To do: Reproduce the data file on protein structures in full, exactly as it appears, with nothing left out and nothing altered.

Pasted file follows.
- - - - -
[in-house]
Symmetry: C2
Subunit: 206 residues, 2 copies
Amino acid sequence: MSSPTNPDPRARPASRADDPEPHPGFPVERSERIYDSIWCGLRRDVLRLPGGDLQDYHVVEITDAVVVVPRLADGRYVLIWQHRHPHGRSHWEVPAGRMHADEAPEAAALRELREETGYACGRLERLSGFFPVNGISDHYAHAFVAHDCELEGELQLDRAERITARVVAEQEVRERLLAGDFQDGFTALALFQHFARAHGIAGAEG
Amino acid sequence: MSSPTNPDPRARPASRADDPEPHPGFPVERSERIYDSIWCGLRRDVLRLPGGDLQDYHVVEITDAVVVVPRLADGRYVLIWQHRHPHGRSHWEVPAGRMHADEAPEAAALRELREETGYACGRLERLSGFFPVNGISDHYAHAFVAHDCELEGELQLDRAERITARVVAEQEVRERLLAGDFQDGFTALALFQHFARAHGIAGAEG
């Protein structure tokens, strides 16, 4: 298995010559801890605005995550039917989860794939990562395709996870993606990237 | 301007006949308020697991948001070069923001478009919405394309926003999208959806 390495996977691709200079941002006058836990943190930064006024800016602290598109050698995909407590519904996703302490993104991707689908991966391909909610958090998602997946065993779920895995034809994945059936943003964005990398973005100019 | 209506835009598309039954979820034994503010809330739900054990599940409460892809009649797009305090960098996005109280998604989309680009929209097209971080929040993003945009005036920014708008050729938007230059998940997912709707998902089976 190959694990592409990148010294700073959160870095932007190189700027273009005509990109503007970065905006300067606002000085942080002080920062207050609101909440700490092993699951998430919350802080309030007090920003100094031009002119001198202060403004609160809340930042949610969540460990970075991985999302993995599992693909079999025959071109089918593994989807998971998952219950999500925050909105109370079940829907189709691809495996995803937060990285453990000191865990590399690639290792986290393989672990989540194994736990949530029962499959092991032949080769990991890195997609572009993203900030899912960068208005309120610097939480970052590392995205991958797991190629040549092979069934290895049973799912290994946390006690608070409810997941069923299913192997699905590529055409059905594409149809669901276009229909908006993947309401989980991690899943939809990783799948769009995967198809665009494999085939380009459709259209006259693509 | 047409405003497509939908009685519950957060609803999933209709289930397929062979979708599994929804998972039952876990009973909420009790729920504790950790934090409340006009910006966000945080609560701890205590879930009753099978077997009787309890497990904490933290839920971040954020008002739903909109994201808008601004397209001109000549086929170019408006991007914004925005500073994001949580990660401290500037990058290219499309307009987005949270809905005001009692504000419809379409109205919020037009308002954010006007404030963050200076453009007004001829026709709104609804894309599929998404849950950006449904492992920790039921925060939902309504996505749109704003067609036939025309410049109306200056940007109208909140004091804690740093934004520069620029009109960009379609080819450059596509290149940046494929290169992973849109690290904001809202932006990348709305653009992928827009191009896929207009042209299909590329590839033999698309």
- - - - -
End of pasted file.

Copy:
[in-house]
Symmetry: C2
Subunit: 206 residues, 2 copies
Amino acid sequence: MSSPTNPDPRARPASRADDPEPHPGFPVERSERIYDSIWCGLRRDVLRLPGGDLQDYHVVEITDAVVVVPRLADGRYVLIWQHRHPHGRSHWEVPAGRMHADEAPEAAALRELREETGYACGRLERLSGFFPVNGISDHYAHAFVAHDCELEGELQLDRAERITARVVAEQEVRERLLAGDFQDGFTALALFQHFARAHGIAGAEG
Amino acid sequence: MSSPTNPDPRARPASRADDPEPHPGFPVERSERIYDSIWCGLRRDVLRLPGGDLQDYHVVEITDAVVVVPRLADGRYVLIWQHRHPHGRSHWEVPAGRMHADEAPEAAALRELREETGYACGRLERLSGFFPVNGISDHYAHAFVAHDCELEGELQLDRAERITARVVAEQEVRERLLAGDFQDGFTALALFQHFARAHGIAGAEG
């Protein structure tokens, strides 16, 4: 298995010559801890605005995550039917989860794939990562395709996870993606990237 | 301007006949308020697991948001070069923001478009919405394309926003999208959806 390495996977691709200079941002006058836990943190930064006024800016602290598109050698995909407590519904996703302490993104991707689908991966391909909610958090998602997946065993779920895995034809994945059936943003964005990398973005100019 | 209506835009598309039954979820034994503010809330739900054990599940409460892809009649797009305090960098996005109280998604989309680009929209097209971080929040993003945009005036920014708008050729938007230059998940997912709707998902089976 190959694990592409990148010294700073959160870095932007190189700027273009005509990109503007970065905006300067606002000085942080002080920062207050609101909440700490092993699951998430919350802080309030007090920003100094031009002119001198202060403004609160809340930042949610969540460990970075991985999302993995599992693909079999025959071109089918593994989807998971998952219950999500925050909105109370079940829907189709691809495996995803937060990285453990000191865990590399690639290792986290393989672990989540194994736990949530029962499959092991032949080769990991890195997609572009993203900030899912960068208005309120610097939480970052590392995205991958797991190629040549092979069934290895049973799912290994946390006690608070409810997941069923299913192997699905590529055409059905594409149809669901276009229909908006993947309401989980991690899943939809990783799948769009995967198809665009494999085939380009459709259209006259693509 | 047409405003497509939908009685519950957060609803999933209709289930397929062979979708599994929804998972039952876990009973909420009790729920504790950790934090409340006009910006966000945080609560701890205590879930009753099978077997009787309890497990904490933290839920971040954020008002739903909109994201808008601004397209001109000549086929170019408006991007914004925005500073994001949580990660401290500037990058290219499309307009987005949270809905005001009692504000419809379409109205919020037009308002954010006007404030963050200076453009007004001829026709709104609804894309599929998404849950950006449904492992920790039921925060939902309504996505749109704003067609036939025309410049109306200056940007109208909140004091804690740093934004520069620029009109960009379609080819450059596509290149940046494929290169992973849109690290904001809202932006990348709305653009992928827009191009896929207009042209299909590329590839033999698309």